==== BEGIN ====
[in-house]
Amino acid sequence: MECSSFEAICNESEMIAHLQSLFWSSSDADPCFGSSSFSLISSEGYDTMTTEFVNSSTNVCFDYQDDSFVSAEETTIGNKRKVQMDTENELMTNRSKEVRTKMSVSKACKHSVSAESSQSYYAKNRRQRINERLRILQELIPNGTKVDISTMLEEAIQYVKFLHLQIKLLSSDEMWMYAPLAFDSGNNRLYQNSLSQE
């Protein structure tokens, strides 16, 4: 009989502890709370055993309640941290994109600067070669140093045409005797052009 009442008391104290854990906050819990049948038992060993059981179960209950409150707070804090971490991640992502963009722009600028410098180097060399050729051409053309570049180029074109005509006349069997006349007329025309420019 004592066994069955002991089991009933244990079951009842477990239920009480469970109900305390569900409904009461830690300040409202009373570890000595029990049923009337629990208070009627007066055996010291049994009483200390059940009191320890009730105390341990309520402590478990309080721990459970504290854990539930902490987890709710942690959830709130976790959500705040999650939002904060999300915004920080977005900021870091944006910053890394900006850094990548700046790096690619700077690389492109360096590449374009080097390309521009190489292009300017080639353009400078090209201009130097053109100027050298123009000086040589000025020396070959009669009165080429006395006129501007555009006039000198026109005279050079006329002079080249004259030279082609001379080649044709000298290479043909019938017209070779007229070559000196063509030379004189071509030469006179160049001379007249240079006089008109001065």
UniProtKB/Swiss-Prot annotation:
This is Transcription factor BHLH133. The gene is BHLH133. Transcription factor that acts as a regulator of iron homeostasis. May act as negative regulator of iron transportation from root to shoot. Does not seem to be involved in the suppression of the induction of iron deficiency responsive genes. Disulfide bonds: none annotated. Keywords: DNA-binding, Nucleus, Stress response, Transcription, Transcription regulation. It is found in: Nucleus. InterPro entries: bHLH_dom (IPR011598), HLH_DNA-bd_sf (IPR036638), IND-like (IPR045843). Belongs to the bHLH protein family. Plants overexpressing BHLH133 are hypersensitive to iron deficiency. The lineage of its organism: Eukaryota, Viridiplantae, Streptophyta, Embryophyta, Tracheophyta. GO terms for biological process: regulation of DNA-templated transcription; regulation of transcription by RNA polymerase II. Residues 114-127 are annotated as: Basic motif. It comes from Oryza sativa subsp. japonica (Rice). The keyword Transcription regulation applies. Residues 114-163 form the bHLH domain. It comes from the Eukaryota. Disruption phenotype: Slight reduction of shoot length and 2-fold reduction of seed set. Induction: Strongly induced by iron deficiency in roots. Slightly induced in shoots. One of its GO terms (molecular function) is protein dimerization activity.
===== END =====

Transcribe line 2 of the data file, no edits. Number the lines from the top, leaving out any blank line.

Amino acid sequence: MECSSFEAICNESEMIAHLQSLFWSSSDADPCFGSSSFSLISSEGYDTMTTEFVNSSTNVCFDYQDDSFVSAEETTIGNKRKVQMDTENELMTNRSKEVRTKMSVSKACKHSVSAESSQSYYAKNRRQRINERLRILQELIPNGTKVDISTMLEEAIQYVKFLHLQIKLLSSDEMWMYAPLAFDSGNNRLYQNSLSQE